One Nebraska U.S. Representative is at home for this week, though maybe not feeling 'at home' with Nebraskans at his Monday town hall.
Hundreds of people squeezed into Lincoln Southwest's High School's atrium Monday evening to meet with Congressman Jeff Fortenberry (R) for the town hall meeting.
The Republican spent the majority of the meeting addressing voters' questions - most of them regarding affordable health care.
“It’s a complex issue,” said Fortenberry, adding that he didn’t support Obama’s Affordable Care Act because “it’s a broken system not everyone could afford it.”
He says some parts of it could be carried over into the new Republican plan to replace the ACA, like protecting people from preexisting conditions and keeping children on their parents’ plan longer.
When asked if he would vote in favor of the new health care plan, Fortenberry repeated ‘it’s a complex issue’ and said it was still too far away for it to be voted on.
Fortenberry’s indirect or unclear answers led him to stop more than thirty times between questions to ask voters to stop interrupting.
"Can you please stop? You're being disrespectful to those who are trying to hear," Fortenberry said multiple times.
Voters pressured Fortenberry to answer yes or no to questions, and jeered him when he didn’t have an answer.
The crowd also complained they couldn't hear the questions being asked, and asked another mic be given to the public so everyone could hear the questions being asked.
“I think people were so rowdy because he and all the other representatives in D.C. have been so reluctant to have a meeting that now there’s been all this frustration that constituents like myself have bottled up and feel like we’re not being listened to,” says Martin Wells of Lincoln.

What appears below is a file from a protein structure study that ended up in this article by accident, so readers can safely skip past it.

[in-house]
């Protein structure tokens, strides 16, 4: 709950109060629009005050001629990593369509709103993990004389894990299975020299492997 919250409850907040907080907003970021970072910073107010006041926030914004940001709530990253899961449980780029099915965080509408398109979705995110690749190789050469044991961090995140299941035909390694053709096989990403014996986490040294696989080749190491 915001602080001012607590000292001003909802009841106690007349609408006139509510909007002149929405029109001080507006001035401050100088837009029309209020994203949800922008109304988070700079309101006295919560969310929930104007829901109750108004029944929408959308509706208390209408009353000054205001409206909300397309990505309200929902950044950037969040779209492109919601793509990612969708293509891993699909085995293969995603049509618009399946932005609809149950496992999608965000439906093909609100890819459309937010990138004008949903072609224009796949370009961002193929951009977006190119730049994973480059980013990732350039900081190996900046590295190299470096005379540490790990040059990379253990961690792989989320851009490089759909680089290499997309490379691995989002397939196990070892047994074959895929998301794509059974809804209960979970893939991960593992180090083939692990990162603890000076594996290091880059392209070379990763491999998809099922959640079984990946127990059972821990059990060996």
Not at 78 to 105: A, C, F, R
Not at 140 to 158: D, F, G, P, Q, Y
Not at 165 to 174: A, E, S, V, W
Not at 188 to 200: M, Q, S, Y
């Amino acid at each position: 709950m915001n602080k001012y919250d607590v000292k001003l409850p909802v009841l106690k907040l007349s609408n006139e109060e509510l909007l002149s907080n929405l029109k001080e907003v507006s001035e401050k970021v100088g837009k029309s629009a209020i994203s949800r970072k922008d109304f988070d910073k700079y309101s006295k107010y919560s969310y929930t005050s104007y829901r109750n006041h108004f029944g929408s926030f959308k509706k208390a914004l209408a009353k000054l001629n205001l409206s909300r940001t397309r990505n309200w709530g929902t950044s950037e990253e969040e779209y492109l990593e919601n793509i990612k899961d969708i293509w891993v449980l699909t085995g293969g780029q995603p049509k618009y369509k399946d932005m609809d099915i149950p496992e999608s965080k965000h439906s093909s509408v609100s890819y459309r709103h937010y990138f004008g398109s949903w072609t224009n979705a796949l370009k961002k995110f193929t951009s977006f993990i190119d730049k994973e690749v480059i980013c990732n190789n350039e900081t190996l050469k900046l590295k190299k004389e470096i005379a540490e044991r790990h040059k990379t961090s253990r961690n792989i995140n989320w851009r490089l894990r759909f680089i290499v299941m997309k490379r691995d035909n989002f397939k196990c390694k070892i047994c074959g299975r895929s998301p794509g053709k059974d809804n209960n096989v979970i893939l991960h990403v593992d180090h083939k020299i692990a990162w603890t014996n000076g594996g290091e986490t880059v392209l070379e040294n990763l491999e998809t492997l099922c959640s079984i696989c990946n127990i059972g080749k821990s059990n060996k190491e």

When a woman asked if he would support funding for Planned Parenthood, Fortenberry gave a definitive answer and said “I do not support tax-pay money being used to support abortions.”
“I was disappointed in the decorum of the audience itself – everyone was competing to ask a question and it was very disruptive,” says Doug Wyatt. “I’m pro-life – that’s my stance, and I appreciate that in the face of the audience today that he stood up for that.”
Fortenberry said he wanted to host the town hall meeting given the high demand of calls and emails he received from voters.
"It's my responsibility to meet with them," said Fortenberry.
Fortenberry is the first federally-elected Nebraska politician to host a public town hall meeting this year. Some said they praised him for being the only one to do so, but say, it's also part of his job as an elected-official.
"Well I'll give him props for coming out but really the letter that he sent out with a full report was that 'due to the high volume of calls and letters, I've decided it's appropriate to have a town hall meeting' - no, we shouldn't have to demand a meeting. That's part of his job," said Wells.